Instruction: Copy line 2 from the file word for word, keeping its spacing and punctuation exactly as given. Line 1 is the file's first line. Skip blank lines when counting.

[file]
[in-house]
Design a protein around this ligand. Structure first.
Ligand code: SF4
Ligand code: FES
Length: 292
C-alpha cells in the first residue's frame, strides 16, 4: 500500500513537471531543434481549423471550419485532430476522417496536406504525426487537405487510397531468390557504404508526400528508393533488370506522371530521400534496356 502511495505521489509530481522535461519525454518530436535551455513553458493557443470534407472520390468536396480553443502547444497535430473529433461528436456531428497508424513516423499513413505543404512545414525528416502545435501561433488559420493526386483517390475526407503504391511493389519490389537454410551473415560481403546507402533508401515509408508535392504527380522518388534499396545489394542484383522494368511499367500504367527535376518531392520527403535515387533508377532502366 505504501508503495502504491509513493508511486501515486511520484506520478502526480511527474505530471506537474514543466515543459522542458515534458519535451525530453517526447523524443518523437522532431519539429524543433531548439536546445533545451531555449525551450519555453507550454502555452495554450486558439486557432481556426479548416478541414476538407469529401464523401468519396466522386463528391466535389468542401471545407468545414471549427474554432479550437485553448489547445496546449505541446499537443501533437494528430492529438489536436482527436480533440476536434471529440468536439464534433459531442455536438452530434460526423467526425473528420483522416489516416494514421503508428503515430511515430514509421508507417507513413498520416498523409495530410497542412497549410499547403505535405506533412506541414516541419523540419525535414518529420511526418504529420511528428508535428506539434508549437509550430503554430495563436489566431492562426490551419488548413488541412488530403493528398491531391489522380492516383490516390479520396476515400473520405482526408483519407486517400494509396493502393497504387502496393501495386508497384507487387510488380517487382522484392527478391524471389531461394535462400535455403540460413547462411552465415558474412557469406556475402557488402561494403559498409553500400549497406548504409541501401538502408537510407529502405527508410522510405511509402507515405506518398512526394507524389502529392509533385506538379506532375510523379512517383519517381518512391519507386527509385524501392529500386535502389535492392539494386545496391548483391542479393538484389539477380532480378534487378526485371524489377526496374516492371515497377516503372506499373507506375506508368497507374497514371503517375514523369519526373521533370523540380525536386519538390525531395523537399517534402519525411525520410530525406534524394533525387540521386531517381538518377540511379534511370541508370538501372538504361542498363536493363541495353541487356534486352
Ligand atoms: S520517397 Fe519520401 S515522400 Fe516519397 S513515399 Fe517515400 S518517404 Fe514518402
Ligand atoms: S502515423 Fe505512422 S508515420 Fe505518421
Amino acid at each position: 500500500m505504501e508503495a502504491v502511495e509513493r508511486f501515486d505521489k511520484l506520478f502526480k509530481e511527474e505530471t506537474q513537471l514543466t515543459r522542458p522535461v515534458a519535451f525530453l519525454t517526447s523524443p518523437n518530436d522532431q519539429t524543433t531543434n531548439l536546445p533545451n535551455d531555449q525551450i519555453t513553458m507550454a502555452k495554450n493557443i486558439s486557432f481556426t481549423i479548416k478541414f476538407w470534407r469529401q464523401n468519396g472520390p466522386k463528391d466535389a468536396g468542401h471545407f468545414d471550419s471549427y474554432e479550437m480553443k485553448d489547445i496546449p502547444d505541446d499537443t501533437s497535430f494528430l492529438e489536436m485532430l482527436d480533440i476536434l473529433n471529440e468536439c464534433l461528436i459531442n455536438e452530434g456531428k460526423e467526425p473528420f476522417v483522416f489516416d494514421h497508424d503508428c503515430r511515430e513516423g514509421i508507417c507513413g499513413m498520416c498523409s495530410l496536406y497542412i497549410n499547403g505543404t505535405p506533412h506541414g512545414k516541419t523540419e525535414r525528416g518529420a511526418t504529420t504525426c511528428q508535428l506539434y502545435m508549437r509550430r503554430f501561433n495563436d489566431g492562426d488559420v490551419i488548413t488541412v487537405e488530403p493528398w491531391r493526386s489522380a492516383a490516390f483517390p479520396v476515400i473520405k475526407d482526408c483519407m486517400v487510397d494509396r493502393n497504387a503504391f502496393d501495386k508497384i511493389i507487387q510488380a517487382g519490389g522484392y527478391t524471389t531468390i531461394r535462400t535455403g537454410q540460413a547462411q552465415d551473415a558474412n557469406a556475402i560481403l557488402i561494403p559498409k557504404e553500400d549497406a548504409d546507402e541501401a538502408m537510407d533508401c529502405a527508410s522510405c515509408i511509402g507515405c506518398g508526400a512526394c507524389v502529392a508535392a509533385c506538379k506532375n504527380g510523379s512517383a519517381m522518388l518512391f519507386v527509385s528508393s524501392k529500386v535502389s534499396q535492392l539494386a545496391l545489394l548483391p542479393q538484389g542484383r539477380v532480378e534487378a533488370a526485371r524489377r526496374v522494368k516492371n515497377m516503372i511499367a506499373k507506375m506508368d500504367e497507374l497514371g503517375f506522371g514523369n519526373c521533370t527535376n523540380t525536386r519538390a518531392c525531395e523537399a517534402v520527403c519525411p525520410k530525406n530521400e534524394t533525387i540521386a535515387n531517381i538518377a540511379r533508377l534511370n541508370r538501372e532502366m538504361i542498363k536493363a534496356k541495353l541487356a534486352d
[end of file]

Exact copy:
Design a protein around this ligand. Structure first.